The International Criminal Court's (ICC) indictment of Sudanese President Omar al-Bashir was announced on the 15th anniversary of the Srebrenica massacre – a fortuitous coincidence, perhaps, but one that deserves more attention than a random occurrence. The Srebrenica killings gave rise to the tribunal's first conviction for genocide in Europe, against General Krstic, commander of the Serb forces that committed the massacre on 12 July 1995. Since then, all mass crimes can now lead to a charge of genocide. Let's not forget that 7,500 fighting-age men were killed while women, children, injured people and the elderly were evacuated by militiamen. The fact that they saved non-combatants was seen not as an attenuating factor but as an incriminating piece of evidence that indicated the targeting of a certain group – men old enough and able to bear arms – and an intention to kill demonstrated by their logistical preparations.
The aim to annihilate a "national, ethnic, racial or religious" group, which forms the basis of the genocide concept, has thus ceded place to a technical description based on both intention and targeting. It thus strips the concept of its specific meaning as it was used to characterize the crimes committed by the Nazis against the Jews and Hutu Power against Rwandan Tutsis. The Srebrenica case has opened the floodgates to countless similar criminal charges since few wars take place without massacres and no massacre is committed inadvertently.
There is nothing surprising, then, about the ICC’s position on the Darfur war. The judges charged Bashir with three counts of genocide: “genocide by killing”, “genocide by causing mental and physical harm”, and “genocide by deliberately inflicting conditions of life calculated to bring about physical destruction”. The targeted populations are Darfur’s three major ethnic groups – the Fur Zaghawa and Masalit.
The first two counts are comparable to those brought against Krstic. The third calls for special comment. This count relates to prosecutor Luis Moreno-Ocampo's thesis that the Darfur "genocide" was committed in two consecutive stages: the first during the war and the killings perpetrated in the first eighteen months of the conflict when most of the violence occurred, then a second ‘camp’ stage where the extermination process continued in the displaced persons camps, no longer through direct violence but through privation and exhaustion.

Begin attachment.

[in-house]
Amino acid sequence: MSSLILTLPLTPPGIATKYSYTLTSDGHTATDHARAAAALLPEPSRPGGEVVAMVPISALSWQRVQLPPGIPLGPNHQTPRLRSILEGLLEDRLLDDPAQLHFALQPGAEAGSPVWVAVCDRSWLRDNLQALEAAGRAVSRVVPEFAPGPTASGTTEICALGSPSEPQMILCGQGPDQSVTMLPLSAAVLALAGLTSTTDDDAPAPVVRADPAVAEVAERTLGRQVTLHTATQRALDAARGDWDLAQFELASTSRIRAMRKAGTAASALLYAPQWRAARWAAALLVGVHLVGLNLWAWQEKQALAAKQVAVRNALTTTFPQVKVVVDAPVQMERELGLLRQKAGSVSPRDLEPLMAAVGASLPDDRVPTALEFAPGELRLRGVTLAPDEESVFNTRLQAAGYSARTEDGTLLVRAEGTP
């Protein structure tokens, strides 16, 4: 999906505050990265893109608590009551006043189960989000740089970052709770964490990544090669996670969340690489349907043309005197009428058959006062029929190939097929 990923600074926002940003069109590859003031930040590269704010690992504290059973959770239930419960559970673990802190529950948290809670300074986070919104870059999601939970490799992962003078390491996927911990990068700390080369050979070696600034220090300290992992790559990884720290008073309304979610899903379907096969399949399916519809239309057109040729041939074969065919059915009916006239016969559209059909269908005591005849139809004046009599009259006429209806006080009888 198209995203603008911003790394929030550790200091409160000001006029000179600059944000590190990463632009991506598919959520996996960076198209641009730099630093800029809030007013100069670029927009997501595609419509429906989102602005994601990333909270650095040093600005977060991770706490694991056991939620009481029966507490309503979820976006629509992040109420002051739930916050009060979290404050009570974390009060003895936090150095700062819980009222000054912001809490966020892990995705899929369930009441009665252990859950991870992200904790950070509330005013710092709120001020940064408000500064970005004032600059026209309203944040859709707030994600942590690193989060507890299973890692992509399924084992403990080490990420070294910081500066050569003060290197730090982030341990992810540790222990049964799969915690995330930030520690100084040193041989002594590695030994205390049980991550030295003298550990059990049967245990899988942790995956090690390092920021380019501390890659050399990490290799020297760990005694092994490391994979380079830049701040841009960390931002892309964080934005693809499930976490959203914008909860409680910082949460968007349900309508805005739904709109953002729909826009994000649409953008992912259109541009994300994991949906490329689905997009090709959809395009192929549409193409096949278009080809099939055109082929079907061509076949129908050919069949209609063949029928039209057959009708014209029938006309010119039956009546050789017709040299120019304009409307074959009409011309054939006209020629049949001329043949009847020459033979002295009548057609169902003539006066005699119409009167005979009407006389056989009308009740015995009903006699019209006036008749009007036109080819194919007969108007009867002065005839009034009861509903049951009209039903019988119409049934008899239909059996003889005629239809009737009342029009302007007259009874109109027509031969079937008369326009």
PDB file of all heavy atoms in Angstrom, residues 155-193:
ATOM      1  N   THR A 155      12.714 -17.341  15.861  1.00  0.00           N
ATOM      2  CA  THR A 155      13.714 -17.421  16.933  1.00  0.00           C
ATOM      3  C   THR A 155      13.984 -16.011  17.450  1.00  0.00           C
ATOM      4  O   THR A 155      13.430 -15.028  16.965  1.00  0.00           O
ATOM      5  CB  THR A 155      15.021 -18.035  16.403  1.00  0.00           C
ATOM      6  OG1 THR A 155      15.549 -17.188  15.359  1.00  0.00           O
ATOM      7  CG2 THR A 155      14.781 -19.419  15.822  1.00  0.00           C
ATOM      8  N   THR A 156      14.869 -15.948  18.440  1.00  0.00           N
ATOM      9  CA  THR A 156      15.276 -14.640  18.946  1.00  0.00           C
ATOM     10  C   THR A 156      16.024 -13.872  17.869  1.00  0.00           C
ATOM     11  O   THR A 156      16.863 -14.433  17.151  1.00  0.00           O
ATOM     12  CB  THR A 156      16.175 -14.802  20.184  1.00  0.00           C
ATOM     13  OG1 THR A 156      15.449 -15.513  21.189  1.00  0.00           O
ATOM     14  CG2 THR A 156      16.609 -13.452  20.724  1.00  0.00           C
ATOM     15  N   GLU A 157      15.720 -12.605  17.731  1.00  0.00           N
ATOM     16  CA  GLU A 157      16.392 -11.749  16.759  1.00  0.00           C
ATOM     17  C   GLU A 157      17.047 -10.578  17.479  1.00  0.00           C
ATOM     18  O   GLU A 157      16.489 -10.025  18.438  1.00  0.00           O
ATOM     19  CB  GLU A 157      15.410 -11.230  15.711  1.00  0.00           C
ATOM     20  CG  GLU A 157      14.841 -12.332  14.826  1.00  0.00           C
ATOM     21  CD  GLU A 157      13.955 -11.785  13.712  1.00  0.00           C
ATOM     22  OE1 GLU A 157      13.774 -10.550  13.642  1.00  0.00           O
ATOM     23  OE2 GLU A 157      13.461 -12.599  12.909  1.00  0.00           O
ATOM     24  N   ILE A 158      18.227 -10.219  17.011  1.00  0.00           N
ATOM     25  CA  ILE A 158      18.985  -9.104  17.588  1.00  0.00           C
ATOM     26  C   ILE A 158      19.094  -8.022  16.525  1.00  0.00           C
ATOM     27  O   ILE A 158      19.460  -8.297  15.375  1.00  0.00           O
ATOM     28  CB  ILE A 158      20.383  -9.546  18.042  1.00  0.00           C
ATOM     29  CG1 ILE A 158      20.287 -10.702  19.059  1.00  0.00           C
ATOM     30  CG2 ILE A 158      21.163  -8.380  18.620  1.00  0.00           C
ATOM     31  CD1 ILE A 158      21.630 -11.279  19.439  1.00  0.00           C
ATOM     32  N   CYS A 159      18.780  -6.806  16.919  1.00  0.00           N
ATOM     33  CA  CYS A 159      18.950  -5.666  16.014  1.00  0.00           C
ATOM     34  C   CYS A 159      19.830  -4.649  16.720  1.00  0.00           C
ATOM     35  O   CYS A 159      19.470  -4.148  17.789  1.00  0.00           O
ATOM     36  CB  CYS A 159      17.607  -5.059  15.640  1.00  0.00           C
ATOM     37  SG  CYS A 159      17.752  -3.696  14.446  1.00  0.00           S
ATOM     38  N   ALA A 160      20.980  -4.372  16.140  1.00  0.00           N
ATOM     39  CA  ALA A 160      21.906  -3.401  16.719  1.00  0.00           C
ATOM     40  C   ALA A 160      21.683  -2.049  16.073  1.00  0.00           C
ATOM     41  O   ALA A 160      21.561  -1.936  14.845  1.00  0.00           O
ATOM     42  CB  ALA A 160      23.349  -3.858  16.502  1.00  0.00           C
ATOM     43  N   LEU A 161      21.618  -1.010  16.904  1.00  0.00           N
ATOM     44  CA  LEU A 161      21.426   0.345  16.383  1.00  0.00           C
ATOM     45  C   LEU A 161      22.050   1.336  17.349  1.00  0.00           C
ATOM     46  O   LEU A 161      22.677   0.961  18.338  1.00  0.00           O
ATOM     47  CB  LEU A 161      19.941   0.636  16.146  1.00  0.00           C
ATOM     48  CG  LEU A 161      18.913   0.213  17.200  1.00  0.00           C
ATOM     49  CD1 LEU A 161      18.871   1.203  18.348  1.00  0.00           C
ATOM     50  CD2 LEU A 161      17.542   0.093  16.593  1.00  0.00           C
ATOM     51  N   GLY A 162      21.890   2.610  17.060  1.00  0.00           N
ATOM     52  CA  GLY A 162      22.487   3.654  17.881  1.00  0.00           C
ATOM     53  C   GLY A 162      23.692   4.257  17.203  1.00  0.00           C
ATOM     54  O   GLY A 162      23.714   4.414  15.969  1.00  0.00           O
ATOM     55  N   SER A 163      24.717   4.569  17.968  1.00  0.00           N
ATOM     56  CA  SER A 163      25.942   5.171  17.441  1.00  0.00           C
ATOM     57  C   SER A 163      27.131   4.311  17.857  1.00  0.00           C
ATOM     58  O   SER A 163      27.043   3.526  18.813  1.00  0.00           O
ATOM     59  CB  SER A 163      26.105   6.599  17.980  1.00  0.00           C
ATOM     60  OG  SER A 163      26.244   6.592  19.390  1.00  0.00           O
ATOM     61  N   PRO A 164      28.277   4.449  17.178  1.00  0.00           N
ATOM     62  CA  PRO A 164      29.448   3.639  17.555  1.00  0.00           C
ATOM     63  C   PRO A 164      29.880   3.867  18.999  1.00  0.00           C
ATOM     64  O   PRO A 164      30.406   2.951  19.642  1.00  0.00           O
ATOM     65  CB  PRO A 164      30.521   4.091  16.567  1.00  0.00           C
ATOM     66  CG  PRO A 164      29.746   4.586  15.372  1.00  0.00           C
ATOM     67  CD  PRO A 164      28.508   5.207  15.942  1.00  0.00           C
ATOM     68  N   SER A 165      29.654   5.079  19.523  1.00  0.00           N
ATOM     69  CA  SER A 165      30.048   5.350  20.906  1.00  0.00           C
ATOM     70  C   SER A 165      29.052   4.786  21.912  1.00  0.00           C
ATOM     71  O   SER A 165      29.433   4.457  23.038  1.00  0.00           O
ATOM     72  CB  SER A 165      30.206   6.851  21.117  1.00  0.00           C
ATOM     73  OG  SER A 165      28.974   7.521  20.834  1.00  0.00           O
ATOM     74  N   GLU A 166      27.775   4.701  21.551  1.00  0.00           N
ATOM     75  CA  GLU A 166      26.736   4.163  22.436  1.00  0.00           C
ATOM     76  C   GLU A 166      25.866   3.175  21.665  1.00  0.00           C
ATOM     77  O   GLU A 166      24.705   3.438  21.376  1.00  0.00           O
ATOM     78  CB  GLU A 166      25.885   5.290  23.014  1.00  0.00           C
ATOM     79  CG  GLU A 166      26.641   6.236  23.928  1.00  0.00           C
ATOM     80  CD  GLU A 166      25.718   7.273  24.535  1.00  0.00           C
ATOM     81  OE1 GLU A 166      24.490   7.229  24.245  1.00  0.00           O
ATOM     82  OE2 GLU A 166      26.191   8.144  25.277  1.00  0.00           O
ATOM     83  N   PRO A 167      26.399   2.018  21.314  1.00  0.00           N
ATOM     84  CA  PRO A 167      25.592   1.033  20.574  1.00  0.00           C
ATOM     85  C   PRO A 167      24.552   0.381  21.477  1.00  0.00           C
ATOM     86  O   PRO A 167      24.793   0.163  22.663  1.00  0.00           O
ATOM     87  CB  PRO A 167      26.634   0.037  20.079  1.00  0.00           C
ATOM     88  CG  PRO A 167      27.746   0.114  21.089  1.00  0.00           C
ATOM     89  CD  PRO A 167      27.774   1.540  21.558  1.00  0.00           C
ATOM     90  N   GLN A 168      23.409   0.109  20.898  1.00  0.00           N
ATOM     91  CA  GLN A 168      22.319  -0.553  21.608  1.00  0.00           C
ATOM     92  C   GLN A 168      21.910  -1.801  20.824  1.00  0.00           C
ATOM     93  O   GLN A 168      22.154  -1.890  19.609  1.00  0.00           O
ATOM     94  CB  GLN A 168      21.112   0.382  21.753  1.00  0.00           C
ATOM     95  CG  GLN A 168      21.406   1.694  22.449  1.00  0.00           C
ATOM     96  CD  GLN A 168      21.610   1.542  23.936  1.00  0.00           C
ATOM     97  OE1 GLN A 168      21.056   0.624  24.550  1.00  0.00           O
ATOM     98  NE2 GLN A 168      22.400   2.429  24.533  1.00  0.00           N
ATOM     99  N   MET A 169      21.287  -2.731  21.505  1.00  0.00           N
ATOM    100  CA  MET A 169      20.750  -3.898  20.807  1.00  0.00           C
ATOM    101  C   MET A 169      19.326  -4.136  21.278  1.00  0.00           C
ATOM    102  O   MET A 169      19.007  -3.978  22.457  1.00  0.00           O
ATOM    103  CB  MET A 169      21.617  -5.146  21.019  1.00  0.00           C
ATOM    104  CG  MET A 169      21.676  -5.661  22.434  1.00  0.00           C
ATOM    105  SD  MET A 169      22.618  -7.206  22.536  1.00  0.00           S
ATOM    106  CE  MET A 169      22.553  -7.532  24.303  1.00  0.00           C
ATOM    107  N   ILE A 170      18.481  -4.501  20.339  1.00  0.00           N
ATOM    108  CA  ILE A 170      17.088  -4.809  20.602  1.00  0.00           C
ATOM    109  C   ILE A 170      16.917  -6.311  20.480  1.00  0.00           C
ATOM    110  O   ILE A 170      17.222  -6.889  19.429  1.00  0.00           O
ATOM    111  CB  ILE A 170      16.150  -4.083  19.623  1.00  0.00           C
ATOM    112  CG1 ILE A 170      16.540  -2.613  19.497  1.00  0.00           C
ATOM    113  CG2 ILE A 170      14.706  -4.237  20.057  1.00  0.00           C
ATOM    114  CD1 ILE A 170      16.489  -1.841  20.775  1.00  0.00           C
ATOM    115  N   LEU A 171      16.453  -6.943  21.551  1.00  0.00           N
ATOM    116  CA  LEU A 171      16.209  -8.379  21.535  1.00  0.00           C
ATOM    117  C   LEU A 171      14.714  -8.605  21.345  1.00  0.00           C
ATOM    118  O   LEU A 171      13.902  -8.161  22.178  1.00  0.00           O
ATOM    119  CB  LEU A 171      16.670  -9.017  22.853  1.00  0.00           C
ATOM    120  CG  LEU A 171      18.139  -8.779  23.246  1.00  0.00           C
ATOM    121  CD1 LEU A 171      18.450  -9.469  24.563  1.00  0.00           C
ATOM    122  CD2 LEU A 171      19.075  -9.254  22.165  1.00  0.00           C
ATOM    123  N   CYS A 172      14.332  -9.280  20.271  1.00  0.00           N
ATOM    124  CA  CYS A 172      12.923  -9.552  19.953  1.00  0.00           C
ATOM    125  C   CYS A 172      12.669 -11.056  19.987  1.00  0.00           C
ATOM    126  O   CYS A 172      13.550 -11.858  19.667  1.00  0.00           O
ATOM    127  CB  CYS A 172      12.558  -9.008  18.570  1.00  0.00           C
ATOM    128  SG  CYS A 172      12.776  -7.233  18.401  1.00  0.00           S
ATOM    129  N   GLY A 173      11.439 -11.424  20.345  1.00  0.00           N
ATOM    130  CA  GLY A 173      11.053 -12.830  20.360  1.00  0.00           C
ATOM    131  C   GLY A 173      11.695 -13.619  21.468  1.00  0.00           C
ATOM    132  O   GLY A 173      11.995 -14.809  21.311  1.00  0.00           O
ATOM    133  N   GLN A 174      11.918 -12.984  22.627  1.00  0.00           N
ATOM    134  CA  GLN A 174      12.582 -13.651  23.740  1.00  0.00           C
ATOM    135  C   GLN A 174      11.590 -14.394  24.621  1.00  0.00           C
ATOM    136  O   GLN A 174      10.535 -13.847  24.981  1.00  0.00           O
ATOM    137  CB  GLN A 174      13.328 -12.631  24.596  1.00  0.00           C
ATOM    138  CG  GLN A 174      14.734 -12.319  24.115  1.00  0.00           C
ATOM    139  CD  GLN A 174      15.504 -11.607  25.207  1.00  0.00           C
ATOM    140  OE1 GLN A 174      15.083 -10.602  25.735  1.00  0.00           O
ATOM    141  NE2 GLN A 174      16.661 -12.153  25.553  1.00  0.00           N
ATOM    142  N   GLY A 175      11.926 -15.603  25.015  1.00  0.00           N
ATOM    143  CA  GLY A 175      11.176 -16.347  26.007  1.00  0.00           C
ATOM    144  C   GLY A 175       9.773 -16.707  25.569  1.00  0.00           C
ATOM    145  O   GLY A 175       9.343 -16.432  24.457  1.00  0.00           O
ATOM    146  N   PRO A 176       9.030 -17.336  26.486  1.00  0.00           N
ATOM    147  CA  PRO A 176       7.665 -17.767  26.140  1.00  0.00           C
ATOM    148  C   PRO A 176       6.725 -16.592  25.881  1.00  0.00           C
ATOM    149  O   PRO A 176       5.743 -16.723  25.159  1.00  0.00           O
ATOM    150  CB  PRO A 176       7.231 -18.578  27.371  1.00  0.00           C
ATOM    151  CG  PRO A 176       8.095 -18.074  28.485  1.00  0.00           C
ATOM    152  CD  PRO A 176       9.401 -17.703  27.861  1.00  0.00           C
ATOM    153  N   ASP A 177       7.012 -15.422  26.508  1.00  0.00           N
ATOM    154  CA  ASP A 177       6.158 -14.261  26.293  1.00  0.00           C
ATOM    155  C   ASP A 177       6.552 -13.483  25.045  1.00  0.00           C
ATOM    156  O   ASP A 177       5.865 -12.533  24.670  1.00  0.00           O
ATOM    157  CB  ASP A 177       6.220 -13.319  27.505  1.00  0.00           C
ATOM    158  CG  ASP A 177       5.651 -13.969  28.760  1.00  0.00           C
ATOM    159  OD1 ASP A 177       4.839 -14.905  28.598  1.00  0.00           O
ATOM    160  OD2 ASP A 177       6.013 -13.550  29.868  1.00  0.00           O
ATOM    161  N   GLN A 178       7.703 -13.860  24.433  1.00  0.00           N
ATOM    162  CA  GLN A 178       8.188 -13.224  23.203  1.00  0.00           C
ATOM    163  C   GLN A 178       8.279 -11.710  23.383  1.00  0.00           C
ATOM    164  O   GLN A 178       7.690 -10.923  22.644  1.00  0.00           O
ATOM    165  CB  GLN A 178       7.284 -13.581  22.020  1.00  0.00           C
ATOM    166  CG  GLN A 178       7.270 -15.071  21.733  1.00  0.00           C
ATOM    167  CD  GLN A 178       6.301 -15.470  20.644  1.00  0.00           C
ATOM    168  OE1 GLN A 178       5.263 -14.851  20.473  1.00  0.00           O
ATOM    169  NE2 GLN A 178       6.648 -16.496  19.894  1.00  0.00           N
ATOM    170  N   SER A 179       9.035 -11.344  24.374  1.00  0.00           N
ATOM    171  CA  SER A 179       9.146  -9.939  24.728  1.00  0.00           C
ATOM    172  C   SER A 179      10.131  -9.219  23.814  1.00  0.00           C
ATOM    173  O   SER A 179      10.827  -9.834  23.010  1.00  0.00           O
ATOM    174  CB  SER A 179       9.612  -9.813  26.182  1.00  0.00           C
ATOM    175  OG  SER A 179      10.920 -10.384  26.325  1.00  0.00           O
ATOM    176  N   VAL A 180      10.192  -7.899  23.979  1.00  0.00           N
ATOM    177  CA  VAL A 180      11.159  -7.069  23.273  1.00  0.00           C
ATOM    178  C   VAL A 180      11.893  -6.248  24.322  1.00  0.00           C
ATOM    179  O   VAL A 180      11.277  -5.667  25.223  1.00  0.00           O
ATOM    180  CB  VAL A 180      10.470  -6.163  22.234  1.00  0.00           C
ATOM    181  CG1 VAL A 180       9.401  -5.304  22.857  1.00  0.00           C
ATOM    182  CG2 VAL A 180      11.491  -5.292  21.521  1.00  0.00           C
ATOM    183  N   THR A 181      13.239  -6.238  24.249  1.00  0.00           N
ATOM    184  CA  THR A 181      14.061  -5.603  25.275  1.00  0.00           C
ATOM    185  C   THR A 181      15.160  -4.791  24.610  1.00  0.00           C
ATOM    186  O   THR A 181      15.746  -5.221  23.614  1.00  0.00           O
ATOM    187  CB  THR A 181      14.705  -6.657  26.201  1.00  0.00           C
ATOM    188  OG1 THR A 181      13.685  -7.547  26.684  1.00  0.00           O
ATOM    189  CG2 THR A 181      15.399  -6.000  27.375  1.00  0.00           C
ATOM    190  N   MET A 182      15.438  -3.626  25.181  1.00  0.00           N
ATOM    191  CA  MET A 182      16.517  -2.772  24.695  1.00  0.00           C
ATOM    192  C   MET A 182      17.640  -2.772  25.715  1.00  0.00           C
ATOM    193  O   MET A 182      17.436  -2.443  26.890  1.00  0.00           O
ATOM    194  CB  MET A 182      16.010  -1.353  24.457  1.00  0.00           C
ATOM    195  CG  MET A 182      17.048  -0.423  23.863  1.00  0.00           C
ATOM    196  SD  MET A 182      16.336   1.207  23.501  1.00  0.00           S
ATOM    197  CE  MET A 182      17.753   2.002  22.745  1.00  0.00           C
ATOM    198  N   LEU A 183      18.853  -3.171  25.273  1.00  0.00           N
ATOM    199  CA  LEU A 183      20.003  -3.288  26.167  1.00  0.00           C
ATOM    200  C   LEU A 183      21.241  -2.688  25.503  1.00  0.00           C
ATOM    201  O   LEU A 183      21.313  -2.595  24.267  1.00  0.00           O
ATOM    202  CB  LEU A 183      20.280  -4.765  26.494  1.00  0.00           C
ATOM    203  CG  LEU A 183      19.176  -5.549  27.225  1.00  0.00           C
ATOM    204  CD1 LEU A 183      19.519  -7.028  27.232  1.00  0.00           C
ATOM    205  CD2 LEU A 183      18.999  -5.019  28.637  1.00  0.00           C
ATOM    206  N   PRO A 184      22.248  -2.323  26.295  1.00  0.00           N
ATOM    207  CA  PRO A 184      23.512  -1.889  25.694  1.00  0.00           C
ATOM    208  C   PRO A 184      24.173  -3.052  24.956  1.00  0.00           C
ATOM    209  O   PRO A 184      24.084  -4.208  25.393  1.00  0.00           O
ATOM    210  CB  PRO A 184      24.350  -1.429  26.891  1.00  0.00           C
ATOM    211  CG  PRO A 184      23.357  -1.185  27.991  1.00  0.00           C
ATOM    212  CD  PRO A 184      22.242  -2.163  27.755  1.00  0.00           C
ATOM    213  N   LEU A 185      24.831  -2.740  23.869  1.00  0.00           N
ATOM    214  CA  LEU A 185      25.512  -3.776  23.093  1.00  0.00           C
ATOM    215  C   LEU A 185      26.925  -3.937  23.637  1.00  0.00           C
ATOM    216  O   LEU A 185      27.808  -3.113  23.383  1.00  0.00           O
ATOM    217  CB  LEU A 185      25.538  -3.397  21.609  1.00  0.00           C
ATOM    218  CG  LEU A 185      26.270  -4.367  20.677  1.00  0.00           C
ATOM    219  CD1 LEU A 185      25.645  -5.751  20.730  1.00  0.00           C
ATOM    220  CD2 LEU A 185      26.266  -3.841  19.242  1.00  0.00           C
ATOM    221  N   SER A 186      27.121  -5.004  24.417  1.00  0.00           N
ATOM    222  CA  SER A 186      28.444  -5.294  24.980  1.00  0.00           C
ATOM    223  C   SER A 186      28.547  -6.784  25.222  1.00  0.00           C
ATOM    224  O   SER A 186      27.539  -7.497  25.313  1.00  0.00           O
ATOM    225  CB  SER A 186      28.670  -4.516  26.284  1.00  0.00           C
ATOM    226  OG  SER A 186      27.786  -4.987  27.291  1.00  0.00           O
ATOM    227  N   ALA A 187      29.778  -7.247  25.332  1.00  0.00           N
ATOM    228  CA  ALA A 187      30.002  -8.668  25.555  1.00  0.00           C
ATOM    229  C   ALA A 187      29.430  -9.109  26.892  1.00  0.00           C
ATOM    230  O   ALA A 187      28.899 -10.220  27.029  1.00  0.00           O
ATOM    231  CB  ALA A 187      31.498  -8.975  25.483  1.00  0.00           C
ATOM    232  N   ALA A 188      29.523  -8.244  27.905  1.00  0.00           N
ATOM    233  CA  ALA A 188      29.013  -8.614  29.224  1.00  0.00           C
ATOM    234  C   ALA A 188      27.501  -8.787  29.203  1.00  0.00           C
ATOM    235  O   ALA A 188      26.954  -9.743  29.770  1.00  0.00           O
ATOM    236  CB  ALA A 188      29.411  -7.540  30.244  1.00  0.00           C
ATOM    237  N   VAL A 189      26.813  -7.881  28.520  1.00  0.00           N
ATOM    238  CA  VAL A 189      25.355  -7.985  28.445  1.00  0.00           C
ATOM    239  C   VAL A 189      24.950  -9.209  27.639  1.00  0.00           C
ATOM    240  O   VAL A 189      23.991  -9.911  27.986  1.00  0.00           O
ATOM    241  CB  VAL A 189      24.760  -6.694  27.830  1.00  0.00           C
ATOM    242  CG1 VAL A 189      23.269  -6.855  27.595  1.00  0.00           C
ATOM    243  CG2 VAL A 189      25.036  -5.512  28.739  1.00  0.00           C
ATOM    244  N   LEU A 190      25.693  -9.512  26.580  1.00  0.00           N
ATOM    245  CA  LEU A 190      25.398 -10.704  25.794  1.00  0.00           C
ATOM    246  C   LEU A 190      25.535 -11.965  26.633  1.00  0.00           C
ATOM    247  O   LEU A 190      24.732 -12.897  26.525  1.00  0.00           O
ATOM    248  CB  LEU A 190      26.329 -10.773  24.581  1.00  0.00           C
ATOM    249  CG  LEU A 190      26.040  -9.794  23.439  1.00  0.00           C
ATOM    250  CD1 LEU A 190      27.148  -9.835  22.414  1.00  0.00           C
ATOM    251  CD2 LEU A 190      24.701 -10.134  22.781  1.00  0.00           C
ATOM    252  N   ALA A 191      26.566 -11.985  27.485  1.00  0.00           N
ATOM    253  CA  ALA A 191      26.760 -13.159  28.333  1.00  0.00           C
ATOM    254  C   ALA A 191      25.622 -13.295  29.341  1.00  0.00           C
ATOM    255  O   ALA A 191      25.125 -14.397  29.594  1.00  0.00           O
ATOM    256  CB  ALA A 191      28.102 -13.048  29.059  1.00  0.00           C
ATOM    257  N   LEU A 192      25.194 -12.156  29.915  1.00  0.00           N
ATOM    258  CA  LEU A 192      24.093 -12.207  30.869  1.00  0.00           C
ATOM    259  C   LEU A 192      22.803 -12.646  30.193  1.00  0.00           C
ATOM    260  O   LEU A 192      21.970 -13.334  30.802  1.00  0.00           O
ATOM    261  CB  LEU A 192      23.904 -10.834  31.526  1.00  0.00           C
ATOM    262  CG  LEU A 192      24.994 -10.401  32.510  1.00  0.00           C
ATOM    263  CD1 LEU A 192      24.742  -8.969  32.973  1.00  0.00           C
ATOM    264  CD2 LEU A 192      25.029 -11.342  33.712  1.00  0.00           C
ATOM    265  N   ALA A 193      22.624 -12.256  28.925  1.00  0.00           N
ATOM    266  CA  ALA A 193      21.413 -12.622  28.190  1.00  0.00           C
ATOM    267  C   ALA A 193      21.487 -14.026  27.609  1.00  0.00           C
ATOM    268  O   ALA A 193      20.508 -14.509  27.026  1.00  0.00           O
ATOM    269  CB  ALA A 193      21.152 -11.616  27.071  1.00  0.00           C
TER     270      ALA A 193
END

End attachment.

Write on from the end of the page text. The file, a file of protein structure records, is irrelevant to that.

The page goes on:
Yet in these camps, located near Darfur's major cities as well as army garrisons, the largest emergency relief operation since the Second World War was set up. Tens of thousands of people were saved from probable death and over two million received essential aid. Health indicators are much better there than elsewhere in the country. These camps were also - as is always the case – a refuge for the rebel movements, which gained influence and resources. Yet the ICC speaks of "living conditions that will lead to physical destruction" – a sort of Auschwitz of the desert. It should also be noted that the ethnic origins of the Fur, Zaghawa and Masalit living in Khartoum (over one million people) gave these groups no reason for concern during the conflict. Preyed-upon Jews and Tutsis would no doubt have appreciated these conditions.
The ICC's accusation is not only inept, but also an insult to humanitarian, foreign and Sudanese workers, who retrospectively become unknowing accomplices to genocide. If one were to follow the ICC's line of thinking, one would have to conclude that these "useful idiots" of the Sudanese regime, while believing they were saving their fellow human beings, were actually working to build a huge Potemkin village behind which the Darfuri people were being exterminated according to plan. Are they now going to be charged with complicity in genocide? That, in any case, would be the logical conclusion.
To cite this content :
Rony Brauman, Darfur: the International Criminal Court is wrong, 10 September 2010, URL : https://www.msf-crash.org/en/publications/rights-and-justice/darfur-international-criminal-court-wrong
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